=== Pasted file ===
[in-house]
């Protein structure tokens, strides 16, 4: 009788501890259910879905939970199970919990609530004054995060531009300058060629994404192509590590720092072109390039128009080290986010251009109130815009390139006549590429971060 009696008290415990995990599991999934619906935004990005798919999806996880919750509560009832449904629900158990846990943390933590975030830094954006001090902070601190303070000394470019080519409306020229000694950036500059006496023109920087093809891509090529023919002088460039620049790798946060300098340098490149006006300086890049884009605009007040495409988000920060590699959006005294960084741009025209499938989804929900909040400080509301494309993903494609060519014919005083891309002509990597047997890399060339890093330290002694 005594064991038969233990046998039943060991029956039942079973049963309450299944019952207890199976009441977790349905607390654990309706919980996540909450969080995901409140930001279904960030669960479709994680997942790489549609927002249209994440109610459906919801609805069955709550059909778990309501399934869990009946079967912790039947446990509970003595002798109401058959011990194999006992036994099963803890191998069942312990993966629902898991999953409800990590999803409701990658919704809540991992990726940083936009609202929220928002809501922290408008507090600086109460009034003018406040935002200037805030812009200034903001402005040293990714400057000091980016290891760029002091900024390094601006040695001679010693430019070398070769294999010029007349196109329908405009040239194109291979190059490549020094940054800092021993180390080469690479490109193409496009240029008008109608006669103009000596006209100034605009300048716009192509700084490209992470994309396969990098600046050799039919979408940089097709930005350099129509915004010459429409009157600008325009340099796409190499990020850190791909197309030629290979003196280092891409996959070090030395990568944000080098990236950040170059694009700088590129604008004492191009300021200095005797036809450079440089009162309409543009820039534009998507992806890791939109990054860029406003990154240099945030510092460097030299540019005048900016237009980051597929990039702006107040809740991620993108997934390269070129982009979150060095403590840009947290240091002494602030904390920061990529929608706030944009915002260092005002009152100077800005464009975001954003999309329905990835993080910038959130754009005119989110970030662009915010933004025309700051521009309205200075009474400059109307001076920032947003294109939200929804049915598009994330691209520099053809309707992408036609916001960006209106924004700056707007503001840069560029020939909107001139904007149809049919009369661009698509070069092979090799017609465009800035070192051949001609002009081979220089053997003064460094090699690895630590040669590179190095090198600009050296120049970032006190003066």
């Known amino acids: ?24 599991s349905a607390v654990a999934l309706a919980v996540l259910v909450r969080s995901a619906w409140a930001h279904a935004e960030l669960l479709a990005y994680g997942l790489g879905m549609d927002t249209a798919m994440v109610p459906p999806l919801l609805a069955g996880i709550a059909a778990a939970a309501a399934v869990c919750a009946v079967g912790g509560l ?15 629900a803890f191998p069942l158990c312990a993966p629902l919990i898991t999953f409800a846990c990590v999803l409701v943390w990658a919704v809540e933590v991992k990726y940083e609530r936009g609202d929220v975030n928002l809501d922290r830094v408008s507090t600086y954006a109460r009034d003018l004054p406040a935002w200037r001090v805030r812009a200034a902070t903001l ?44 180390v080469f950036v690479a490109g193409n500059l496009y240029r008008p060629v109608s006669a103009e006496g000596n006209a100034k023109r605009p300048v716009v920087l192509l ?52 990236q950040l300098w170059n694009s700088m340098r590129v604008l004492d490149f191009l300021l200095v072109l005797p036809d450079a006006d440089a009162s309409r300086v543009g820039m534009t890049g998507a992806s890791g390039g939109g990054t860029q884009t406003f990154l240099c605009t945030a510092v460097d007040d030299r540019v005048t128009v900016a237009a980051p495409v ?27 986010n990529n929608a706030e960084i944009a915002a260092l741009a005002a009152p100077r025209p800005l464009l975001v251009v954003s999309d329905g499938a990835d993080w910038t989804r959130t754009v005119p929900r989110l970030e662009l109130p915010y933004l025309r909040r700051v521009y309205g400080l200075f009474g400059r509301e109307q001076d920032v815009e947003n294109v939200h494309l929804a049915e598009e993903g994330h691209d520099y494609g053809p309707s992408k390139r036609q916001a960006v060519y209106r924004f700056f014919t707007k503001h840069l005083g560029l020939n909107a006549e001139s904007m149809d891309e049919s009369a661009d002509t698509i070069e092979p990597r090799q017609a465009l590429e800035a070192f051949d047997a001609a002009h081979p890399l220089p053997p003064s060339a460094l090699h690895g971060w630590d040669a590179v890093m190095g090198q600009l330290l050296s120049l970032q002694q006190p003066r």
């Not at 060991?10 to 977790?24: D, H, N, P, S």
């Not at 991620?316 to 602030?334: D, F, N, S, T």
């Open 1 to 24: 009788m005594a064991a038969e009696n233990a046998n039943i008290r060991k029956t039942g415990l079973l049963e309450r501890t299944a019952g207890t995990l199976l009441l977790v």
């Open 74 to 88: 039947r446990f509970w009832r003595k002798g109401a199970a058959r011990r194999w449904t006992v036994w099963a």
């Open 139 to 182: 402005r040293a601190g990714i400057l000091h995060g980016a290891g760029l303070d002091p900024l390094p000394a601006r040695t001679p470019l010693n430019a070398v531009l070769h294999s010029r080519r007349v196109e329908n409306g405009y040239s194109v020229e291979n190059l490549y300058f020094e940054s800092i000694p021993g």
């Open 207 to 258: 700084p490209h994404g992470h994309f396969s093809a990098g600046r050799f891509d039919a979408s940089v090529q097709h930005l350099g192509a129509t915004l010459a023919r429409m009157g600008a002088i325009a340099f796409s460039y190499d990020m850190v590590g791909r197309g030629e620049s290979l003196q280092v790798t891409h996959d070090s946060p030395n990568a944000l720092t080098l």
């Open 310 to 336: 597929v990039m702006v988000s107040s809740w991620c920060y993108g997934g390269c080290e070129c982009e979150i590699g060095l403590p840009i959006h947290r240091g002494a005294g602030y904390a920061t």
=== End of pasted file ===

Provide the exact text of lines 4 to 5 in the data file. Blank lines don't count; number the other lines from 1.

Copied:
């Not at 060991?10 to 977790?24: D, H, N, P, S």
């Not at 991620?316 to 602030?334: D, F, N, S, T």